What constitutes “good” wine? It was a question I confronted yet again while officiating at the recent Wine Judging Academy, the annual three-day course convened by commentator Michael Fridjhon designed to hone critical sensibilities of wine professionals.
As ever, those attending were all pretty good at forensic tasting, which is to say analysing what was in the glass before them, but less so at making a qualitative assessment.
Why is this? I think to a large degree it is because the wine world is riddled by a series of dichotomies and individuals feel compelled to take up a position on one side of the divide or the other. So, for instance, you have retro versus modern which might be seen to correspond to the Swartland versus Stellenbosch or beards and baggies versus button-down shirts and chinos.
Binary thinking is never that helpful and qualitative assessment becomes easier (although no walk in the park) when personal prejudices are put aside. Before this can be done, however, a carefully thought aesthetic is necessary.
What are the key aspects of wine aesthetics? For me, these would be purity, balance, complexity and length. Purity is an amalgam of fruit concentration, freshness of acidity and fineness of tannin; balance is a sense that the previously mentioned fundamentals are in equilibrium; complexity equates to detail and intricacy and length speaks for itself. The trick is to hold all these ideals of wine beauty in your head simultaneously when assessing a wine rather than applying a check-list mentality and I guess this comes with experience.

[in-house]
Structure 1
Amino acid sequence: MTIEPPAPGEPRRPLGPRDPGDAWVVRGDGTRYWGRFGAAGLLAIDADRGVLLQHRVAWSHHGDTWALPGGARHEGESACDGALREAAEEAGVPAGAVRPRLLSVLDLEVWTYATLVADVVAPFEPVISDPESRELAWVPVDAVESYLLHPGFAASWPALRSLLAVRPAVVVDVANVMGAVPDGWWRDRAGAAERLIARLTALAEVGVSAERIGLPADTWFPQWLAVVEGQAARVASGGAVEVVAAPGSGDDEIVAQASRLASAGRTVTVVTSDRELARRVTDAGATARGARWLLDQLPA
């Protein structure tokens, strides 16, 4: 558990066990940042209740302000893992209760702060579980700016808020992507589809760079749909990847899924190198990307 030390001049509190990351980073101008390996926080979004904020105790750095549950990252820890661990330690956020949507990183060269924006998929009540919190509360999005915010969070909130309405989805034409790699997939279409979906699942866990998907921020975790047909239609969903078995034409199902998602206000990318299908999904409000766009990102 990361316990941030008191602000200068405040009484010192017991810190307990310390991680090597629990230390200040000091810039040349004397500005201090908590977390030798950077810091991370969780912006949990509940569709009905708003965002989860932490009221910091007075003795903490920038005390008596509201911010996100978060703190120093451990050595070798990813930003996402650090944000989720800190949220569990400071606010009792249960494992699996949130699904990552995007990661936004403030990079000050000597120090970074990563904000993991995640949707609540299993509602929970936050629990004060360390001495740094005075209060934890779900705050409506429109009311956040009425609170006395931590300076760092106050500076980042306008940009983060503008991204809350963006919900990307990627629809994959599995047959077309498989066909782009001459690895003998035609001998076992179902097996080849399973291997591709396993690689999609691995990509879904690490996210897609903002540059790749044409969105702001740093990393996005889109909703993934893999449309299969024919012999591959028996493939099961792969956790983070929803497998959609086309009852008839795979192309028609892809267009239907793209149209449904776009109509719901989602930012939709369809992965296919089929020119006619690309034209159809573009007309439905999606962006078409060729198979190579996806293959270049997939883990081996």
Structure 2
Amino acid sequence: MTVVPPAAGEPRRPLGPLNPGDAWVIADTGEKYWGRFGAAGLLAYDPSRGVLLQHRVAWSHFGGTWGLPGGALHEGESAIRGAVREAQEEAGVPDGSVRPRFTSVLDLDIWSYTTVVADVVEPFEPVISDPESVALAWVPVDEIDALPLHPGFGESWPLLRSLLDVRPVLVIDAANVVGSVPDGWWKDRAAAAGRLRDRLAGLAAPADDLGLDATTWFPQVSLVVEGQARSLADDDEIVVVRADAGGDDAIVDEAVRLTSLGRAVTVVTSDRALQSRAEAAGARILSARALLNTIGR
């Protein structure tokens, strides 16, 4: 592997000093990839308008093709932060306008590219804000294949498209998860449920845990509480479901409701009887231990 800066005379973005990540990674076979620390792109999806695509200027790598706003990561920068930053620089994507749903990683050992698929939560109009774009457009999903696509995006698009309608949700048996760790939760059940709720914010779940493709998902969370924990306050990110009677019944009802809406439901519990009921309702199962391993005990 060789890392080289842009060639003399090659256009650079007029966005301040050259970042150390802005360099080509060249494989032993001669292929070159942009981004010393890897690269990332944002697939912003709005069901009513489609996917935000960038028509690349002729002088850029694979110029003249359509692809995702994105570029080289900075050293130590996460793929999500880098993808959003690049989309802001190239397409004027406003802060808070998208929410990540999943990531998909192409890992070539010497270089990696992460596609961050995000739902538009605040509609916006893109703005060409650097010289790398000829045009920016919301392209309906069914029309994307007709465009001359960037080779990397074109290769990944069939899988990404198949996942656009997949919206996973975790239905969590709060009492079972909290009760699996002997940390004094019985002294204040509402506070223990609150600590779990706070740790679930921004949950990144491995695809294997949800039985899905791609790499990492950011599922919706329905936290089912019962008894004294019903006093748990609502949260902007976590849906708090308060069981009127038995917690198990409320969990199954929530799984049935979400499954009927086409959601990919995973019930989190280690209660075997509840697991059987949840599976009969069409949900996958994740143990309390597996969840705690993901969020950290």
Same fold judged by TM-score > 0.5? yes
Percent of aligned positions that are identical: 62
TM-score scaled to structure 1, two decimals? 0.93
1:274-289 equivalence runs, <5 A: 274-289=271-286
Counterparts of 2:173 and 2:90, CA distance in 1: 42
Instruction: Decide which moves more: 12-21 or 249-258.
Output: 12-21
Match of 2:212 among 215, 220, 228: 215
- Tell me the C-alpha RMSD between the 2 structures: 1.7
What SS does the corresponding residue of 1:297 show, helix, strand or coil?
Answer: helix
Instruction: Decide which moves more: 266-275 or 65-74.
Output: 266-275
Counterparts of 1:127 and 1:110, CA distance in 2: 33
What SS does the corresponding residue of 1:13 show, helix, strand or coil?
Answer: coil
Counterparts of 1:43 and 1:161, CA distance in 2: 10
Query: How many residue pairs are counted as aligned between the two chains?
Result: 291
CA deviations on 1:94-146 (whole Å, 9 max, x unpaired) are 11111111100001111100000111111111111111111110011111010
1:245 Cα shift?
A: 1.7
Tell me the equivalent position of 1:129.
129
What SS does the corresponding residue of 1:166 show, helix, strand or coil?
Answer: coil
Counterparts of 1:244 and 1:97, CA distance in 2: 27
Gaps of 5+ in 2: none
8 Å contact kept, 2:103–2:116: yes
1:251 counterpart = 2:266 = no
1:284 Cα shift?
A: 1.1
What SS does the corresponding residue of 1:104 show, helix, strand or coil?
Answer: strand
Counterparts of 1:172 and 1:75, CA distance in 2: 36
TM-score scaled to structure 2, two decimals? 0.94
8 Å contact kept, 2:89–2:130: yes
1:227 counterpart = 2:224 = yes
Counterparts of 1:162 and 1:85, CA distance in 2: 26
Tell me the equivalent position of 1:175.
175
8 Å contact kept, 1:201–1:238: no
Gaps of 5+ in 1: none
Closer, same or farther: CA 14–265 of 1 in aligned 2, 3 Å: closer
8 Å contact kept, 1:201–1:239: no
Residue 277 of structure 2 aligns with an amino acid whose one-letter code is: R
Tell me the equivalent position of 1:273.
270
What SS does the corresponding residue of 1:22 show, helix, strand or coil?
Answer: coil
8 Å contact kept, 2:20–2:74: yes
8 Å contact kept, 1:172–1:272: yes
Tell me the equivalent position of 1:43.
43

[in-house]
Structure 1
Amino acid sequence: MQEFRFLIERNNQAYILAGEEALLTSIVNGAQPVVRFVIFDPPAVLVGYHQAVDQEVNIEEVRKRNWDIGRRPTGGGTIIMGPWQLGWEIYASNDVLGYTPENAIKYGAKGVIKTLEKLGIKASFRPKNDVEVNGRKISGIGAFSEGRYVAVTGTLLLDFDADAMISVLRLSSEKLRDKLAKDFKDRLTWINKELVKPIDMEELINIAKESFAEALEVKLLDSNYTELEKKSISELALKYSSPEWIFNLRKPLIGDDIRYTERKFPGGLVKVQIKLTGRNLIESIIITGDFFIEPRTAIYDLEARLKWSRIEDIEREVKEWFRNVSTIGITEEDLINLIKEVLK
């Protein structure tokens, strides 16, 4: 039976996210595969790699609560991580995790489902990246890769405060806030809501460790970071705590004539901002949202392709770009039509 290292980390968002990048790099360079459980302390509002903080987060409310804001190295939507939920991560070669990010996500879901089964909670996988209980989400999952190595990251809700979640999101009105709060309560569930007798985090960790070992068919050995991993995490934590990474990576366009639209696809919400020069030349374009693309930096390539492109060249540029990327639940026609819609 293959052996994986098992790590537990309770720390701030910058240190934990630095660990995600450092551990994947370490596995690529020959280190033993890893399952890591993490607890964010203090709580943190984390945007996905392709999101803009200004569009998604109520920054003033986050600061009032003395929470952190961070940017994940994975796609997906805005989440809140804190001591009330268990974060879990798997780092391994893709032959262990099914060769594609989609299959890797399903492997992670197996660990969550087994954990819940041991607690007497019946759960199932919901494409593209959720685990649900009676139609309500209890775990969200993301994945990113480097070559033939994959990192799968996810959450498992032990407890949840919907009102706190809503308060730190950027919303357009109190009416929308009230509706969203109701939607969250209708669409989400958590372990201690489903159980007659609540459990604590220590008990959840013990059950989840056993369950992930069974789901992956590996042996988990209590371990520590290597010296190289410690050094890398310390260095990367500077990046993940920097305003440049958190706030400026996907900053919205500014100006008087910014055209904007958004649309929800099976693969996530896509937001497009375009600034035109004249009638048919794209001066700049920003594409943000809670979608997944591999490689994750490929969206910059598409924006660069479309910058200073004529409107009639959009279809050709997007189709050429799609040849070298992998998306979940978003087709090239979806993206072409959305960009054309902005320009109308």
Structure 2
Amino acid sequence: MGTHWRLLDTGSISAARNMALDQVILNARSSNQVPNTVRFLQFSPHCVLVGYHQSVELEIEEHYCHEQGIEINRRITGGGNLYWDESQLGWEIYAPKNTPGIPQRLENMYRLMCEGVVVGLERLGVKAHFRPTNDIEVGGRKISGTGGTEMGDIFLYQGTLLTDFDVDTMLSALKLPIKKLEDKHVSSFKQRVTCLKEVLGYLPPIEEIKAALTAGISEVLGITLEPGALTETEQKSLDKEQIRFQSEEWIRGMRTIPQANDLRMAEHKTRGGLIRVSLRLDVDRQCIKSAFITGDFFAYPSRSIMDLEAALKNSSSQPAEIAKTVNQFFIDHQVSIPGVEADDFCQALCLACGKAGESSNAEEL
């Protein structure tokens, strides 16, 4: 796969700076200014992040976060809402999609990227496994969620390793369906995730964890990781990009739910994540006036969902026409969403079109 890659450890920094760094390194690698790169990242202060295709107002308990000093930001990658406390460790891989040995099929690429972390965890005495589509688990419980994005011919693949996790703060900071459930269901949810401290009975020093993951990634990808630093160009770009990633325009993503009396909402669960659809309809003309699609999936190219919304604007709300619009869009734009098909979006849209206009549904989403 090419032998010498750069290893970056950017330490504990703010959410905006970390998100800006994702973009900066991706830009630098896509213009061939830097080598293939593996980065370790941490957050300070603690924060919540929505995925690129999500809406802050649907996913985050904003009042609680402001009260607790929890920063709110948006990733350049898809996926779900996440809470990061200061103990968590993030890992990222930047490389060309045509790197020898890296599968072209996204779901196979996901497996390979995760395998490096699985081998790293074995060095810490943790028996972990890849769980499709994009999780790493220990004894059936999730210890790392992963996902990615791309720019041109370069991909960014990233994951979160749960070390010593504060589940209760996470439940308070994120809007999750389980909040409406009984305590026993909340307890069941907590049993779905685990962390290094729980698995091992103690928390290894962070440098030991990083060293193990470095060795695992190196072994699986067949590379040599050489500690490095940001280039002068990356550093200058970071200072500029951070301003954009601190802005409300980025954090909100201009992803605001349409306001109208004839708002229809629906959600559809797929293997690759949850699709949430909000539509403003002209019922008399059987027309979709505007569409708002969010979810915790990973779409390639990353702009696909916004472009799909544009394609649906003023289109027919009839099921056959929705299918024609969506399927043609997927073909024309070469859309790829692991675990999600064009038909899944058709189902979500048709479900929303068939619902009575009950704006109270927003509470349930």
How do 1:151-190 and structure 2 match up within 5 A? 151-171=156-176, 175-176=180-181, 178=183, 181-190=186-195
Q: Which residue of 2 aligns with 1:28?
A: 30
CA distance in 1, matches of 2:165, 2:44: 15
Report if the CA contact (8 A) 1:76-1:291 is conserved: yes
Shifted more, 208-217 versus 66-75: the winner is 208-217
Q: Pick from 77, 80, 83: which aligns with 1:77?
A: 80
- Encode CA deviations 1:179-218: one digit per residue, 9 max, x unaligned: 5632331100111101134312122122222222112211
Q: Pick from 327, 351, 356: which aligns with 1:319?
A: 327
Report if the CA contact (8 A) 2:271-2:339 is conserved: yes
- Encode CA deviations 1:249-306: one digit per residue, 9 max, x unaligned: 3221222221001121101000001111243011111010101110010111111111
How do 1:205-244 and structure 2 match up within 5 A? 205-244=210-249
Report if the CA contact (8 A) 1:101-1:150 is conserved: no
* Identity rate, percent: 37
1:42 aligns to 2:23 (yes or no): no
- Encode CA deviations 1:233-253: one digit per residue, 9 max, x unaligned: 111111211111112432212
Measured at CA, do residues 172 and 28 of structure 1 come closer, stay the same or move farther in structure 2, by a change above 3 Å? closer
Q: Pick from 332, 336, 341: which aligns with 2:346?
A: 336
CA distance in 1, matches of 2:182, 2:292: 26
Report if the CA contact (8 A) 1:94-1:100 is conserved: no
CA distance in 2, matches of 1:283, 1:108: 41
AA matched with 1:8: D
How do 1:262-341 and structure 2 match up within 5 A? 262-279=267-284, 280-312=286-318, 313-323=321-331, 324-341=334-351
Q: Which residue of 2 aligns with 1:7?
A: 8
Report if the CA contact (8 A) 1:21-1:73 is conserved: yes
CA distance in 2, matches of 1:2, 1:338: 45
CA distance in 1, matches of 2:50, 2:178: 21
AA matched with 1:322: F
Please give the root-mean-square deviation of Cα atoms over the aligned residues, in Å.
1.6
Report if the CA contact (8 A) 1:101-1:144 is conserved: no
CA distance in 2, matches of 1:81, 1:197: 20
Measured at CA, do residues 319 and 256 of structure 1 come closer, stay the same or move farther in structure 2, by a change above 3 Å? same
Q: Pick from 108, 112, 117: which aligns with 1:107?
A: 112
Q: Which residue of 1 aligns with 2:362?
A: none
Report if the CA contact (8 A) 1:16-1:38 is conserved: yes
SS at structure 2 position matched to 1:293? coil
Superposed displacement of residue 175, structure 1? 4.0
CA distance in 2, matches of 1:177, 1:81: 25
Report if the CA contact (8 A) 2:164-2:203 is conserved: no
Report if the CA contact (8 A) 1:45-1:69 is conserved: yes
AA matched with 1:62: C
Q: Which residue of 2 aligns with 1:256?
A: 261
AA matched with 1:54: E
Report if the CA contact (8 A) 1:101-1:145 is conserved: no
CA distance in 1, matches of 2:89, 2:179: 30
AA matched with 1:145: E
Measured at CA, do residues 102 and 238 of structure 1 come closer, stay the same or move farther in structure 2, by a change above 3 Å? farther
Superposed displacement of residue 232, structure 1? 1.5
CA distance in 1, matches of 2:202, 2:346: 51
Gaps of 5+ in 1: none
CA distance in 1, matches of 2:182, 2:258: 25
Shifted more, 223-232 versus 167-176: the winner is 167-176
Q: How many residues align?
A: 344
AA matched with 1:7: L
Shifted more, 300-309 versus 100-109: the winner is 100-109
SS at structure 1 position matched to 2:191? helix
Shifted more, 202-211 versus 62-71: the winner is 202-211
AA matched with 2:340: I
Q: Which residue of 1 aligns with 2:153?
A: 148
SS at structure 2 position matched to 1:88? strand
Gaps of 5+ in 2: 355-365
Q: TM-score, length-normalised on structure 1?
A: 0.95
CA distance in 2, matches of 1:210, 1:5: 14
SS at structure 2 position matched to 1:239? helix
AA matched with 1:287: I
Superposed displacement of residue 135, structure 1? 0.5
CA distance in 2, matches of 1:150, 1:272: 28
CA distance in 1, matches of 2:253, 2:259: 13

Now back to those dichotomies, perhaps the most fundamental of them all being power versus elegance. The point that needs to be made here is that neither pole of the division is illegitimate in principle. However, wines exist on a stylistic spectrum between the two and it is possible to go too far either way: wines that are too powerful can become overwhelming to drink, wines that strive too hard for elegance can become either slight or severe.
In any event, it is important to have a thorough understanding regarding the issues of the day. Pyrazines versus thiols in Sauvignon Blanc is a good example – the former are the chemical compounds that provide green flavours, the latter more tropical fruit flavours. Who’s to say which should predominate in the end wine? The best Sauvignon will be that which is pure, balanced, complex and long. You get where I’m going with this…
Another topical issue at the moment is whole-bunch fermentation or the use of stems in red winemaking. At best, it can contribute perfume, freshness and pleasantly grippy tannins but at worst, wines can appear rather rustic, the tannins becoming firm and astringent. It’s a technique that some of more innovative winemakers have been applying to Pinot Noir and Shiraz in particular with varying degrees of success. The point here is both producers and consumers need to take a view on how much of this character is appropriate.
Then, of course, there is the matter of “natural wines” defined broadly as “nothing added, nothing taken away” – organic or biodynamic practices in the vineyard and restricted additives in the cellar which is to say no cultured yeasts and absolutely minimal amounts of sulphur allowed. To some, it’s the one true way and all non-adherents are fundamentally misguided while for others these wines are irredeemably kooky. To engage with natural wines, some recalibration of your senses to accept smells and tastes with which you are not familiar is required but the best examples are delicious and to ignore this category on principle is to delimit what the world of wine has to offer unnecessarily.